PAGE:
You can read the full op-ed HERE or below: 


Recognizing the Resilience Of America’s Small and Franchised Businesses — and the Bankers Who Helped Protect Them

Morning Consult
September 14, 2021
By Richard Hunt, Matthew Haller, Jen Earle & Ramiro Cavazos 

Yesterday marked the start of National Small Business Week, a time to recognize the important role small and franchised businesses play as the backbone of our economy. Over the past 18 months, America’s small and franchised businesses have contended with lockdowns, labor shortages, supply-chain issues and other economic impacts from the COVID-19 pandemic.

This year, National Small Business Week means something more and the Consumer Bankers Association, International Franchise Association, National Association of Women Business Owners and U.S. Hispanic Chamber of Commerce are joining forces to acknowledge the perseverance of our nation’s 30 million small and franchised businesses, as well as the indelible role America’s leading banks have played to support them during this economic crisis.

Small and franchised businesses contribute nearly 45 percent of the nation’s economic output and employ almost 60 million of our friends, neighbors and family members. At the onset of the COVID-19 pandemic, millions of small and franchised business owners across the country were forced to implement staffing changes or shutter their operations altogether at no fault of their own.

Thankfully, with the passage of the Coronavirus Aid, Relief, and Economic Security Act in March 2020, America’s leading banks immediately mobilized to help local businesses in the communities they serve. Banks devoted significant time and resources to stand up and administer one of the most successful emergency relief programs in American history — Paycheck Protection Program — ensuring small and franchised businesses could keep their doors open, their lights on and employees on the payroll.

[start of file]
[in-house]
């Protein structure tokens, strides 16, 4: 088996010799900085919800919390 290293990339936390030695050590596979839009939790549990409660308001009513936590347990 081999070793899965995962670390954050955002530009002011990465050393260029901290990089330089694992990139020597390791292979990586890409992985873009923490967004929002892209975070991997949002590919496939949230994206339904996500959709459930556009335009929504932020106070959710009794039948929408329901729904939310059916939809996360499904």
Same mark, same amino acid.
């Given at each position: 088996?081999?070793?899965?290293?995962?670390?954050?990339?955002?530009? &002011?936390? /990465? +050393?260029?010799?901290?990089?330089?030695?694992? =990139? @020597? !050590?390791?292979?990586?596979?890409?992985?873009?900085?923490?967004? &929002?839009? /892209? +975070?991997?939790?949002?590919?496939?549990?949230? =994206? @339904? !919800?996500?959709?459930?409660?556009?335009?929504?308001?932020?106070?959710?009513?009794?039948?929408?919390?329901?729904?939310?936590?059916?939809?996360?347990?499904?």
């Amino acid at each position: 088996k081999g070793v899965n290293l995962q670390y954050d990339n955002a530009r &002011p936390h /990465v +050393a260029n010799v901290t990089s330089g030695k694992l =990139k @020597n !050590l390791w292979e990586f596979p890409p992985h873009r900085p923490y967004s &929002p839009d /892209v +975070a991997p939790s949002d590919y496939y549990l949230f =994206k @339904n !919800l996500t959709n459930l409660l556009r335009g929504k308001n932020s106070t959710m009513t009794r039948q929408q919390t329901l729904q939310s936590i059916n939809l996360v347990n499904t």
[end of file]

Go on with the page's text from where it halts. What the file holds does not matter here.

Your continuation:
In coordination with the U.S. Small Business Administration, large banks administered more than 4 million PPP loans, accounting for over $400 billion and making up more than half the total dollar amount lent through the entire program. Ultimately, the PPP helped protect more than 90 million small-business jobs and saved nearly 20,000 locally owned franchises.

As with any program of this magnitude, issues arose during the rollout and implementation of the PPP that left some small and franchised businesses grappling with technical glitches, eligibility requirements and ever-changing guidance. Together, we were proud to work with the SBA to resolve these, including simplifying the forgiveness process for loans less than $150,000, amounting to the equivalent of $7 billion in additional relief. To date, more than 80 percent of PPP loans administered in 2020 have completed the forgiveness process. As more 2021 PPP borrowers begin seeking forgiveness, our organizations remain fully committed to ensuring every small and franchised business participating in the PPP receives the relief they deserve.